Polka Masses

Author: Father Edward McNamara


Polka Masses

ROME, 20 APRIL 2004 (ZENIT).

Answered by Father Edward McNamara, professor of liturgy at the Regina Apostolorum Pontifical Athenaeum.

Q: This past summer, my parish had a Polka Mass. I didn't feel it was right to go to this Mass, since I don't know how I would be able to associate Polka music with anything other than dancing. Isn't the music at Mass supposed to elevate one's spirit to God? Does a polka do that? And is that a legitimate form of liturgical music? — T.L., Johnstown, Pennsylvania

A: We have dealt previously with the general principles involved in liturgical music (see (Nov. 11 and Dec. 23). From those I believe that it is fairly clear that music usually associated with dancing or other profane activities (at least in a Western context) should not be admitted into the Mass.

I was rather surprised to hear that Polka Masses were still going on — I had thought that they had gone out in the '70s along with a host of other similar fads.

Perhaps the principal difficulty with such things is not so much the music in itself, which like many human elements in the liturgy may have different meanings in different cultures and in different epochs, but the idea that the Mass needs some sort of a theme in order to enhance its significance or relevance.

When we label the Mass we tend to diminish rather than augment its importance. We restrict its universal meaning as Christ's very sacrifice renewed upon the altar and the sacred banquet which forms and increases our union as part of Christ's Mystical Body, the Church.

This is the Church's greatest offering to God and any addition to the Mass itself — such as "Polka," "Clown," "Disco" (yes, there have been cases) or any similar extraneous element — reduces its scope and attempts to press it into service for some cause other than the worship of God.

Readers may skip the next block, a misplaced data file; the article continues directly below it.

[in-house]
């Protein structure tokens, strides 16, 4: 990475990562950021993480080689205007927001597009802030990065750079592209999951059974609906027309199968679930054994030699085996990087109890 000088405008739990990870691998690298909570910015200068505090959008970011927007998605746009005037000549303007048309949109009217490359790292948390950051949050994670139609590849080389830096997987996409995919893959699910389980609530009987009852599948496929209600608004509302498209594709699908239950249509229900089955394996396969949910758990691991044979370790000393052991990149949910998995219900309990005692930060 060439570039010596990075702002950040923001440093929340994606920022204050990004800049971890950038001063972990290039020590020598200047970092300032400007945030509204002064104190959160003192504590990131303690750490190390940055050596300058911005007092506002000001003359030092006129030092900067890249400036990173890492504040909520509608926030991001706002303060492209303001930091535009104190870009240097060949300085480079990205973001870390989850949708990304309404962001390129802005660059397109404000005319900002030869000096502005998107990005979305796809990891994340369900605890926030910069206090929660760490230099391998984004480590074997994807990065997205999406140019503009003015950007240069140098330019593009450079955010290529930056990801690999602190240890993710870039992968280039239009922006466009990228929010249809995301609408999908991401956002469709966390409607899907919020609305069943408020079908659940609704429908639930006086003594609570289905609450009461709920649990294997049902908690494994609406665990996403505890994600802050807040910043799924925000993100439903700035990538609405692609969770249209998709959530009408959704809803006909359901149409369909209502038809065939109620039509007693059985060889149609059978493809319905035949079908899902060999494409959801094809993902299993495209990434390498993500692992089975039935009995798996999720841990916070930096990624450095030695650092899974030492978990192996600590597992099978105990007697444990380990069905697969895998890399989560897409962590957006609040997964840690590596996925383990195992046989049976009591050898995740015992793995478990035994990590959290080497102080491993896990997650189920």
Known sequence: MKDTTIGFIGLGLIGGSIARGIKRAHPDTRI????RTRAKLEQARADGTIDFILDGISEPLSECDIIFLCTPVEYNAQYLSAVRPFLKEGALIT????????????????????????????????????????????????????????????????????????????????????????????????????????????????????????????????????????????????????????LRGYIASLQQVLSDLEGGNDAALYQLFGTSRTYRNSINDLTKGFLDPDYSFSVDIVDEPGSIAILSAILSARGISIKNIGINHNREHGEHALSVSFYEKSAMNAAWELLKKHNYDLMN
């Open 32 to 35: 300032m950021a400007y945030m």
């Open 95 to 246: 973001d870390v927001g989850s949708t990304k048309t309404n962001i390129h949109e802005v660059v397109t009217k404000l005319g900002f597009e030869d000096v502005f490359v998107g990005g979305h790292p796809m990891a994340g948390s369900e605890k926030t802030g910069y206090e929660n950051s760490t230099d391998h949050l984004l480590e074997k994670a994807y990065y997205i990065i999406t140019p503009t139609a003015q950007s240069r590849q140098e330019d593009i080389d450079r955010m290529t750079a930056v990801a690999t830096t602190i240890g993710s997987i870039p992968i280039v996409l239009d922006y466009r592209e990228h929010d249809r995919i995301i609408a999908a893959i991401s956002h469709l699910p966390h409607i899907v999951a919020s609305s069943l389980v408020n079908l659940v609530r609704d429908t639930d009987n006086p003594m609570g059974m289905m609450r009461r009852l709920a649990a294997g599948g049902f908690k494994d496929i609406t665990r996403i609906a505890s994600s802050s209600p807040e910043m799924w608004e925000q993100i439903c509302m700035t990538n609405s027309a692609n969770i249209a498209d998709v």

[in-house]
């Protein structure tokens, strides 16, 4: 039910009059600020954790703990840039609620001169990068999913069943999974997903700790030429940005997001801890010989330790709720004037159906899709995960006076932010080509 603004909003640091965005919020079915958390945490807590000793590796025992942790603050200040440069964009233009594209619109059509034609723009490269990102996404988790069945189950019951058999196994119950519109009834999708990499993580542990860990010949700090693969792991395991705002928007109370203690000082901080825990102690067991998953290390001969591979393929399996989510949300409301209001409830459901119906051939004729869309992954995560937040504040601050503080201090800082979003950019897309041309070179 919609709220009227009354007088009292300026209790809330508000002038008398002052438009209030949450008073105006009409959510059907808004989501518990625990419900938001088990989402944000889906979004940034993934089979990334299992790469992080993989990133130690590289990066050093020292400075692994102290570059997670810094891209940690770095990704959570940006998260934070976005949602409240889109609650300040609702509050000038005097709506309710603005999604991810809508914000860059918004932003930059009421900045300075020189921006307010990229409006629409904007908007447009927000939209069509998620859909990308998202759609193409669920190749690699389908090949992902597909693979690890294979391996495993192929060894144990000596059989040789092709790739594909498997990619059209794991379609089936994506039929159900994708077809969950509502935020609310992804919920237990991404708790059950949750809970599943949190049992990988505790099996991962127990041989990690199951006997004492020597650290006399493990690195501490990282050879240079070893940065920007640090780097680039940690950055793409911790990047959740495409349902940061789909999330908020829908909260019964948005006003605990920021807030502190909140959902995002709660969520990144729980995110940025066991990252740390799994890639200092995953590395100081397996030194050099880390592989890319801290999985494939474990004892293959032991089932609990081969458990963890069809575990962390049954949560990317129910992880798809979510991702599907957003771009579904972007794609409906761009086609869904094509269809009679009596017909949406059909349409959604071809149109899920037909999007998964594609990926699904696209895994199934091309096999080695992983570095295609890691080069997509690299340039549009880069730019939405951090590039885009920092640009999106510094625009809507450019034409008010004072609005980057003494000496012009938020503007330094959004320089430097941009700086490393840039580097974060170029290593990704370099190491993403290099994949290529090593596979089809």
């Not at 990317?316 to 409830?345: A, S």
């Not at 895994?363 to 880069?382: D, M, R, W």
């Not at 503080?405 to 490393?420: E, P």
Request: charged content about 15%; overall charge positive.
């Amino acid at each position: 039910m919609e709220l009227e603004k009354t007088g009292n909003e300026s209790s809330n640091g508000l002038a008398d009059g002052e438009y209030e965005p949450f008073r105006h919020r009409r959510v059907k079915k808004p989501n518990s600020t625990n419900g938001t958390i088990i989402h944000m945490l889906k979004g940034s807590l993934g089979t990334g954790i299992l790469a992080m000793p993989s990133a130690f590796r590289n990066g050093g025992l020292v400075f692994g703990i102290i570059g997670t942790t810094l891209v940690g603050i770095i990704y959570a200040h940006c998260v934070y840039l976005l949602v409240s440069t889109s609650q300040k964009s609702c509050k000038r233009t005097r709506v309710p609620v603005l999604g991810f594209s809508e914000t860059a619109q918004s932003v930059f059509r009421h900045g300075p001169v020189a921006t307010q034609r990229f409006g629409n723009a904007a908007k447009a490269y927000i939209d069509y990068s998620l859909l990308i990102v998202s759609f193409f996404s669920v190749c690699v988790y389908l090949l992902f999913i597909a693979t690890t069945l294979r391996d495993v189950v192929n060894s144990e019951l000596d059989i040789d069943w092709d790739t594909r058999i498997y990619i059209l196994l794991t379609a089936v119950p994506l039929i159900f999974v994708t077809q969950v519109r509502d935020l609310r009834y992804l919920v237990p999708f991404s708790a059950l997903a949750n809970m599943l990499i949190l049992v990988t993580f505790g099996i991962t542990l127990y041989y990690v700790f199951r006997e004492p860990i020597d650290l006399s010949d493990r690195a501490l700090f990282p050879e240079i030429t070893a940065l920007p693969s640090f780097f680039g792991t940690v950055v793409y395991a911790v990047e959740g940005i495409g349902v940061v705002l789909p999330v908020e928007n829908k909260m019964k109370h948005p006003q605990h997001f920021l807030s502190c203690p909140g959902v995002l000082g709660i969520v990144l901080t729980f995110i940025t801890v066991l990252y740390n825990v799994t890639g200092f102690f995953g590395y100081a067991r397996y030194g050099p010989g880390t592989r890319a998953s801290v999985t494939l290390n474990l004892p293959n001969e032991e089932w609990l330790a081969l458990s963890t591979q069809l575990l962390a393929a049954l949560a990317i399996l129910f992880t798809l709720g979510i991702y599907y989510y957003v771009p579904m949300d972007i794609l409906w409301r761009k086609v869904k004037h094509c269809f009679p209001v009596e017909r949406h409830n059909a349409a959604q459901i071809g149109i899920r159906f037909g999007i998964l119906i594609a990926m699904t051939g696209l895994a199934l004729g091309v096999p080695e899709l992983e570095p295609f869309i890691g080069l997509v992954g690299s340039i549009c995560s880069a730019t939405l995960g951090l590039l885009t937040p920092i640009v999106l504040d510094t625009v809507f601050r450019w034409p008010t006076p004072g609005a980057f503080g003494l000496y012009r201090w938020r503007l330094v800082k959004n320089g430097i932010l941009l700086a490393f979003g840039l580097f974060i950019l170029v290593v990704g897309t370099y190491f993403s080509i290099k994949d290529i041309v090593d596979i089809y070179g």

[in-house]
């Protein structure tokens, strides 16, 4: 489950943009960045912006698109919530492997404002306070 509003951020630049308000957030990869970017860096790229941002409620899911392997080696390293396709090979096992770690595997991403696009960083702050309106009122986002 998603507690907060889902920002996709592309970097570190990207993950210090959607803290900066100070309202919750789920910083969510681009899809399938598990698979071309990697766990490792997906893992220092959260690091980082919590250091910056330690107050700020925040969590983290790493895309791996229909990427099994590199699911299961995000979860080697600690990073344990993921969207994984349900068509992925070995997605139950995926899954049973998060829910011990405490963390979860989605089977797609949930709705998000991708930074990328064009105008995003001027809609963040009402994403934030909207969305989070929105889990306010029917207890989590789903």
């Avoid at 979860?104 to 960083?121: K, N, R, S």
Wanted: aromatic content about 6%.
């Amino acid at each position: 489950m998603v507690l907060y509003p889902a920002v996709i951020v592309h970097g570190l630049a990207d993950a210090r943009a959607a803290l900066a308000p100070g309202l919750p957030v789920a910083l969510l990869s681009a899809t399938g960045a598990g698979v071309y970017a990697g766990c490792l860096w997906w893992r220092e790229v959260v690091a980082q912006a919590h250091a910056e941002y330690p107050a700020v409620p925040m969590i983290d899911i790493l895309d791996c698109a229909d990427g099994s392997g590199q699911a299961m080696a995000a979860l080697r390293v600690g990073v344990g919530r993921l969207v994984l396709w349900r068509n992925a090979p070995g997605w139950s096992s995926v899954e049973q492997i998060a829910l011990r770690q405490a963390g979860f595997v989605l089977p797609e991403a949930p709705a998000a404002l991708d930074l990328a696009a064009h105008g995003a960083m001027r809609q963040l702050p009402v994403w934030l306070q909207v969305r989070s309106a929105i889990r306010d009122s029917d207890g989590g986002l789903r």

It could be argued that this is done in order to make the Mass more attractive or welcoming to certain groups. I am certain that it is often done in good faith. Yet, I think that 40 years after the Second Vatican Council it is clear that such attempts have failed to fulfill their promises.

The best and most efficacious means of making the Mass meaningful is to teach Catholic truth as to what the Mass is.

To understand the Mass is to grasp the foundation of every other aspect of the Catholic faith as well as to find the strength to live it.

No amount of toying with externals can substitute for a lack of knowledge of the essentials although, when carried out with beauty and fidelity, these externals can prove to be a resource for teaching and confirming the faith in the essentials.

What I term labeling of the Mass, however, should not be confused with legitimate practices such as, for example, when an immigrant group celebrates Mass in their own language and using music from their religious tradition, or when different styles of liturgical music are adopted in accordance with the various congregation's spiritual sensibilities.

Nor does it include the proper use of the many possibilities offered in the missal to adapt the Mass texts to particular situations, such as the use of votive Masses and Masses for Special Necessities such as "For Peace," "For Christian Unity," etc.

These texts serve to specify particular intentions and invocations which the Church, albeit in general terms, already implores from God, in every Mass. ZE04042022

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Follow-up: Polka Masses [05-04-2004]

After our piece on "Polka Masses" (April 20) a priest from North Dakota wrote the following commentary "The tradition of having 'Polka' Masses is very much alive ... scheduled to coincide with a community's annual 'Polka Fest.' When I ask people who attend them for their reaction, they respond by swinging their hips and saying something like, 'I wanted to get up and dance.' I have never heard anyone say that it brought them closer to God or his people. A few people respond, 'It was hard to pray.'"

I think that the commentary speaks for itself. What is important is not if the people like the music (they probably do) but whether it helps them live the Mass (it probably does not).